Septic Tank Design

In septic tank design, environmental engineers must consider the treatment following the septic tank as a part of the septic tank system (U.S. Department of Health, Education, and Welfare 1967). A two-compartment design arranged in a series is preferred (see Figure 7.20.1). The first chamber should contain two-thirds and the second chamber should contain one-third of the total volume. The liquid depth should be between 4 and 7 ft.

FIG. 7.20.1 Septic tank configurations. A. Typical household septic tank; B. Typical large institutional septic tank with dosing siphon. For large fields, uniform distribution is obtained by periodic flooding of the field followed by periodic drying. Dosing tanks are used to flood these fields; they collect the sewage, and automatic bell siphons or pumps transport the waste to the field.

FIG. 7.20.1 Septic tank configurations. A. Typical household septic tank; B. Typical large institutional septic tank with dosing siphon. For large fields, uniform distribution is obtained by periodic flooding of the field followed by periodic drying. Dosing tanks are used to flood these fields; they collect the sewage, and automatic bell siphons or pumps transport the waste to the field.

FIG. 7.20.2 Relationship between allowable sewage application rate and soil percolation rates for soil absorption trenches or seepage pits. (Reprinted from U.S. Department of Health, Education, and Welfare, 1967, Manual of septic tank practice, Public Health Service Publication no. 526, Washington, D.C.)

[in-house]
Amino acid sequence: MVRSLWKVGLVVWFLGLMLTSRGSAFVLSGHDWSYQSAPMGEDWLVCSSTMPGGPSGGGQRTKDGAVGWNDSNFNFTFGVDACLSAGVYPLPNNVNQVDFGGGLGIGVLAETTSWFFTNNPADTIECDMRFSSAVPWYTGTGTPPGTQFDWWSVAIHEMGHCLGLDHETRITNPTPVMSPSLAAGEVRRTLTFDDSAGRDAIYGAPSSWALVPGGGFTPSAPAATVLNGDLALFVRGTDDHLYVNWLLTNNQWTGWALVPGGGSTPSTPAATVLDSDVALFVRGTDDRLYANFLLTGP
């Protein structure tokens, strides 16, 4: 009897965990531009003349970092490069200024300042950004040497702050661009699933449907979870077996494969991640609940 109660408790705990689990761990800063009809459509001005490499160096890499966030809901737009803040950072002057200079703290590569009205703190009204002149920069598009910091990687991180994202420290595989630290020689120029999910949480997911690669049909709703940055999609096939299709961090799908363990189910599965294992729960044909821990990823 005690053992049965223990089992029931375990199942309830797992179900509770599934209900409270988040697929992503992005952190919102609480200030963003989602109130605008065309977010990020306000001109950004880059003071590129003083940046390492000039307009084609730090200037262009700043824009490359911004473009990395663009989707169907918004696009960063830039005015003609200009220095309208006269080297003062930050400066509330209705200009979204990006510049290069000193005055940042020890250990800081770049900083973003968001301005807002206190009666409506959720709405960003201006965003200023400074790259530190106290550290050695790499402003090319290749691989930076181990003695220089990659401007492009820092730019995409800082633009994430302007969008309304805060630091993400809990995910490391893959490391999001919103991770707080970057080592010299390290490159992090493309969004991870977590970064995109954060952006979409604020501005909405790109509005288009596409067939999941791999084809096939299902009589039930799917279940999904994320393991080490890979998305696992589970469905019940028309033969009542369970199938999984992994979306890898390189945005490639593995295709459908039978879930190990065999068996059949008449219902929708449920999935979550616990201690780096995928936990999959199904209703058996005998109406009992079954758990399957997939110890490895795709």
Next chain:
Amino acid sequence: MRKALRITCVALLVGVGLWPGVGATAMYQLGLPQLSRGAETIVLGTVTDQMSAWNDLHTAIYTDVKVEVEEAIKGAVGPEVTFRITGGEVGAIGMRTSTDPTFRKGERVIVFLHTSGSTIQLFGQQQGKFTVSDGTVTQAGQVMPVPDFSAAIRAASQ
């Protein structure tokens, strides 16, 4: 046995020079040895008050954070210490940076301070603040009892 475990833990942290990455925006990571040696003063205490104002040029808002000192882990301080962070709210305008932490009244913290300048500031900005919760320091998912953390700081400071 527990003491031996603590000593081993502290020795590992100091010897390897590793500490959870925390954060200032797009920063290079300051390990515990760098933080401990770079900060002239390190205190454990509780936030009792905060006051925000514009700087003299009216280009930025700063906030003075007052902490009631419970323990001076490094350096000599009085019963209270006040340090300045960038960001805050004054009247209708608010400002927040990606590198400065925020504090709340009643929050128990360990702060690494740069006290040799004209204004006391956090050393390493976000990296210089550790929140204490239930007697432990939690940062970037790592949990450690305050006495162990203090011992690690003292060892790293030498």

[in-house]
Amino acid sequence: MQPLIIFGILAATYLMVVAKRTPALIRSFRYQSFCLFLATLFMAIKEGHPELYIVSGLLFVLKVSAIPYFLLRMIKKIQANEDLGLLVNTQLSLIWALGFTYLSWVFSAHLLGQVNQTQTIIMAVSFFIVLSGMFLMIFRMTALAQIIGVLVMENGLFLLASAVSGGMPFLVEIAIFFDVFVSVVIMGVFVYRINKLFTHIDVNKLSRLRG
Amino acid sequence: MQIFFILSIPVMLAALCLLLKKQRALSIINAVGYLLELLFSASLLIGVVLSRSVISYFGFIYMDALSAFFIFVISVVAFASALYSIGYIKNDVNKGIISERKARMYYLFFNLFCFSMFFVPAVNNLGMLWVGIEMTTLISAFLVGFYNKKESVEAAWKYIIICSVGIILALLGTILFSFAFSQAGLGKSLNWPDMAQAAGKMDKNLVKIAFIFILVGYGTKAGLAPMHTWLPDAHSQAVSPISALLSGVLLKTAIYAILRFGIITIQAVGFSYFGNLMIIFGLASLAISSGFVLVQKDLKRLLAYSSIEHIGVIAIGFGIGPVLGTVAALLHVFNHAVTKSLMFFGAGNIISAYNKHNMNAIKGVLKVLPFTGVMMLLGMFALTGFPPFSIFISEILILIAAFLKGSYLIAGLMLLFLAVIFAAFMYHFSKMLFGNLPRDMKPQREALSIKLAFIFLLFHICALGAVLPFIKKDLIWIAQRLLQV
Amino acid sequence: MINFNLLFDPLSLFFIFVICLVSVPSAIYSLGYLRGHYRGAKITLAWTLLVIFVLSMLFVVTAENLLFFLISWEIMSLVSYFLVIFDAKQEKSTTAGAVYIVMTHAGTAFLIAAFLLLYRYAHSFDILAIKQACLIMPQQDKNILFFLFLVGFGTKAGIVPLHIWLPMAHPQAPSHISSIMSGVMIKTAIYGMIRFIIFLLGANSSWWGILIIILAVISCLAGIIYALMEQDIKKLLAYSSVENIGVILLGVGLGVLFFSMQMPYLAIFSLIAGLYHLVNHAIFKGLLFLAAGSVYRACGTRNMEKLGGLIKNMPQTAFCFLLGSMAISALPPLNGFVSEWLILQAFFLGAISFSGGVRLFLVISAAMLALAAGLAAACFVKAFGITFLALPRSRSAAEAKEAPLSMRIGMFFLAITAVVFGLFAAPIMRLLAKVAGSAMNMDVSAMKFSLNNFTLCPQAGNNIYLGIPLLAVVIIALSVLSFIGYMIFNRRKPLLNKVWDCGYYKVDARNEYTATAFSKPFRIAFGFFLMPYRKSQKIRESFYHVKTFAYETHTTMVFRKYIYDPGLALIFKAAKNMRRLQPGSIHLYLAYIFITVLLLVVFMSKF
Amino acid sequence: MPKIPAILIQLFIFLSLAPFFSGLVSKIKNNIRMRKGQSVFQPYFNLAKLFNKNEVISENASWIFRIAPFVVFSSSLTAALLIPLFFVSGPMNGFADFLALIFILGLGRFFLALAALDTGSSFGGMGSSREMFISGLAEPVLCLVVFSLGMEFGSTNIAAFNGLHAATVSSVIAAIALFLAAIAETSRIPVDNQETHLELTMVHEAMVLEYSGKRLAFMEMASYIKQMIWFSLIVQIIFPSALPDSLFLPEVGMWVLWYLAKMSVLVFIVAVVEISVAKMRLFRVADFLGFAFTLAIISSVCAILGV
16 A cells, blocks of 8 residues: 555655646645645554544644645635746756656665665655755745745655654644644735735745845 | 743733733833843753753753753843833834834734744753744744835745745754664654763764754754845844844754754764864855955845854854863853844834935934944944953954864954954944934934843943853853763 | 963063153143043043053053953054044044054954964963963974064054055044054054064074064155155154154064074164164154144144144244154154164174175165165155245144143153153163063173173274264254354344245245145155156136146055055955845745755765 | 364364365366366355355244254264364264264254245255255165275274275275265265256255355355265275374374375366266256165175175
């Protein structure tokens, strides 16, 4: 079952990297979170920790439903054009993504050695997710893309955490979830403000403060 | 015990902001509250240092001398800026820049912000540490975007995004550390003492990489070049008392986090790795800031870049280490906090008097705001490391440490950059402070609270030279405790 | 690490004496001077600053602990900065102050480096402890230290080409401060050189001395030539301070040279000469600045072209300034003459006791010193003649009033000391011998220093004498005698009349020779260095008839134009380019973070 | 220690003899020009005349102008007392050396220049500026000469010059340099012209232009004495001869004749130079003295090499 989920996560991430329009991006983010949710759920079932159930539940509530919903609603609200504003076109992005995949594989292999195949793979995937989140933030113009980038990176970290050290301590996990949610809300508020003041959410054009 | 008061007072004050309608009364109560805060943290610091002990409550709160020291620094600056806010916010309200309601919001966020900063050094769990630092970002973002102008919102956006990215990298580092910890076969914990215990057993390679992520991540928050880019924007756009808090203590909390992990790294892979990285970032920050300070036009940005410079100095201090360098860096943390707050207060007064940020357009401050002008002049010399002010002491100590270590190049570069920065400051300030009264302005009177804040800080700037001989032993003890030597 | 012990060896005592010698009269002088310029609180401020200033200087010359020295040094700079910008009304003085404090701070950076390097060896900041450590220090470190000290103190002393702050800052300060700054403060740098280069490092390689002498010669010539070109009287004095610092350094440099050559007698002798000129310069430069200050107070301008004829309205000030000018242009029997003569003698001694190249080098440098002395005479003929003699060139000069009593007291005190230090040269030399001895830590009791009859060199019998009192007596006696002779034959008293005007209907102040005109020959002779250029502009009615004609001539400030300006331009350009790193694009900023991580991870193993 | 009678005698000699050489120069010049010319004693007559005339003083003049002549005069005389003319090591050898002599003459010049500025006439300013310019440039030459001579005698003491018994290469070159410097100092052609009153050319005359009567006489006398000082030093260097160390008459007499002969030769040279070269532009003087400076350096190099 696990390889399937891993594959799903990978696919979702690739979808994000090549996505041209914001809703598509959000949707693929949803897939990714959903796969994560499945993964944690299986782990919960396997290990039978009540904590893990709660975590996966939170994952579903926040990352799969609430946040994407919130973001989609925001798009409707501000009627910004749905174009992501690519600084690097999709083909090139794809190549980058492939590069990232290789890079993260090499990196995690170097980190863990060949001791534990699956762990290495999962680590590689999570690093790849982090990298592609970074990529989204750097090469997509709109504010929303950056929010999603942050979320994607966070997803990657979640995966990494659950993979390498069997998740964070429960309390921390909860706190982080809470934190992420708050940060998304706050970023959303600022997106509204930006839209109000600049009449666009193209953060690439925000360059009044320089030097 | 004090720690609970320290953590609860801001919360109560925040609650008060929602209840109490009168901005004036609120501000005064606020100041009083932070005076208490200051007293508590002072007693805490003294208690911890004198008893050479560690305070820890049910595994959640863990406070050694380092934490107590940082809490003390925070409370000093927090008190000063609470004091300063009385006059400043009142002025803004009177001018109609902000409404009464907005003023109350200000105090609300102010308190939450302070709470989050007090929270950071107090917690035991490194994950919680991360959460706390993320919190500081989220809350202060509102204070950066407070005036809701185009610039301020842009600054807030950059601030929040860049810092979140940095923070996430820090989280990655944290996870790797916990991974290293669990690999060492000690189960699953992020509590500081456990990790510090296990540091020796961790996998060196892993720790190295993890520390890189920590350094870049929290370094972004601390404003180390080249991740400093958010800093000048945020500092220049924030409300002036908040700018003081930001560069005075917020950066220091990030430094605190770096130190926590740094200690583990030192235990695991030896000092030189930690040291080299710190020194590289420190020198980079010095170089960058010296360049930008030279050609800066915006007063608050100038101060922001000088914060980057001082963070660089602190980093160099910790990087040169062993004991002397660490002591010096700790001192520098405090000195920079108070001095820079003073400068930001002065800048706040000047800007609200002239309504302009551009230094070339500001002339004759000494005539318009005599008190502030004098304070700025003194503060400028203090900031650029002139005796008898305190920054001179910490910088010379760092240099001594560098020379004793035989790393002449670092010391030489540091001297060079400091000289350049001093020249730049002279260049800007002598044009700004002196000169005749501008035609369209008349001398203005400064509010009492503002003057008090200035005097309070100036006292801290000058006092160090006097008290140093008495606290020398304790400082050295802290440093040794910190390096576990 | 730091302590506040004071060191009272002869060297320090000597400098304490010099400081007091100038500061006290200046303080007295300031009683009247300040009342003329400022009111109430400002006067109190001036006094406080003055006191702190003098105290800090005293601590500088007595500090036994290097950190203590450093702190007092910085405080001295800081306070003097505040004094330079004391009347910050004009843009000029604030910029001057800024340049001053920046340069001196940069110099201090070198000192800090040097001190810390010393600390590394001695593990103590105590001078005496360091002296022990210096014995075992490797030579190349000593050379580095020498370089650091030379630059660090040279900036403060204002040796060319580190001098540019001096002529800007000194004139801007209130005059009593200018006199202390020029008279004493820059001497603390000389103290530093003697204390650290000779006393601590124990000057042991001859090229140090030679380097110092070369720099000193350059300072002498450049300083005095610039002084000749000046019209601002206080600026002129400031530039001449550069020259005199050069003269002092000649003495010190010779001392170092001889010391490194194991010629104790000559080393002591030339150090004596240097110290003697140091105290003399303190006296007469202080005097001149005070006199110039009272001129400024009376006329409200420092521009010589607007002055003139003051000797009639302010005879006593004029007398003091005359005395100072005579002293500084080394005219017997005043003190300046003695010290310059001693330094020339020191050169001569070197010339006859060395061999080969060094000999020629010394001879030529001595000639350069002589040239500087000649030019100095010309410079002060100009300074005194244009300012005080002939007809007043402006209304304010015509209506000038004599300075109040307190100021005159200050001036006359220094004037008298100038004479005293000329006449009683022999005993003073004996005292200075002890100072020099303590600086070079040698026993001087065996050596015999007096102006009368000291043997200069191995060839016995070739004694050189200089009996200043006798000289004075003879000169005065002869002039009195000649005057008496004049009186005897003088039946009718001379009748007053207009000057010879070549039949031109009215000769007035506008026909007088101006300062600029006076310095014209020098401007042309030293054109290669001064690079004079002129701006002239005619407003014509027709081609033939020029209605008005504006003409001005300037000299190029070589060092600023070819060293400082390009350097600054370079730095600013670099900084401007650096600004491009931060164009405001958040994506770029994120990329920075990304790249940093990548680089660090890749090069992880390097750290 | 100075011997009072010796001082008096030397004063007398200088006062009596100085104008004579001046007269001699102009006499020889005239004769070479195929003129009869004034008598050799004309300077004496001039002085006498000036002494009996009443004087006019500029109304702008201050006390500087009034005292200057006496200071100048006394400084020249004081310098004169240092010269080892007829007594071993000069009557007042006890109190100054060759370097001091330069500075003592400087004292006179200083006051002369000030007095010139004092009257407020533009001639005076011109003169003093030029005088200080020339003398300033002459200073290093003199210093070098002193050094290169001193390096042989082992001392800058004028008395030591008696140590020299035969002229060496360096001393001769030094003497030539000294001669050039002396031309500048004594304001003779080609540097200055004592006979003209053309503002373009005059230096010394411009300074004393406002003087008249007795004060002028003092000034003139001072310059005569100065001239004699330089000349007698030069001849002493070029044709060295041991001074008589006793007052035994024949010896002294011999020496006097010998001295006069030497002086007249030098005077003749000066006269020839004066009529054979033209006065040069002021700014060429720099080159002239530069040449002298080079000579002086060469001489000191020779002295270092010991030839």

FIG. 7.20.2 Relationship between allowable sewage application rate and soil percolation rates for soil absorption trenches or seepage pits. (Reprinted from U.S. Department of Health, Education, and Welfare, 1967, Manual of septic tank practice, Public Health Service Publication no. 526, Washington, D.C.)

FIG. 7.20.3 Septic tank absorption field. Trench surface area required: If the water in the test hole takes 1 min to recede 1 in, 70 ft2 per bedroom is needed. If the water in the test hole takes 30 or 60 min, 250 or 330 ft2 per bedroom is required.

The minimum effective tank capacity should be as follows: for flows up to 1500 gpd, 1As times the daily sewage flow; for flows in excess of 1500 gpd, the volume V in gallons can be calculated from the following equation:

where:

Q = The daily sewage flow

Environmental engineers must check soil porosity and base the design of the soil absorption field on the rate of percolation. This rate is the number of minutes required for the effluent to recede 1 in in a test hole that has been

FIG. 7.20.4 Imhoff tank configuration.

bored, filled with water, and allowed to swell the day previous to the test (see Figure 7.20.2). Figure 7.20.3 provides information on absorption area requirements.

If the septic tank must handle wastewater from garbage grinders and automatic washing machines, the soil absorption area (see Figure 7.20.3) should be increased by 60%, and the tank volume should be increased (see Part A in Figure 7.20.1) by 25%. If the soil absorption trench required exceeds 500 ft2 or the septic tank is larger than 1500 gal, a dosing tank is needed.

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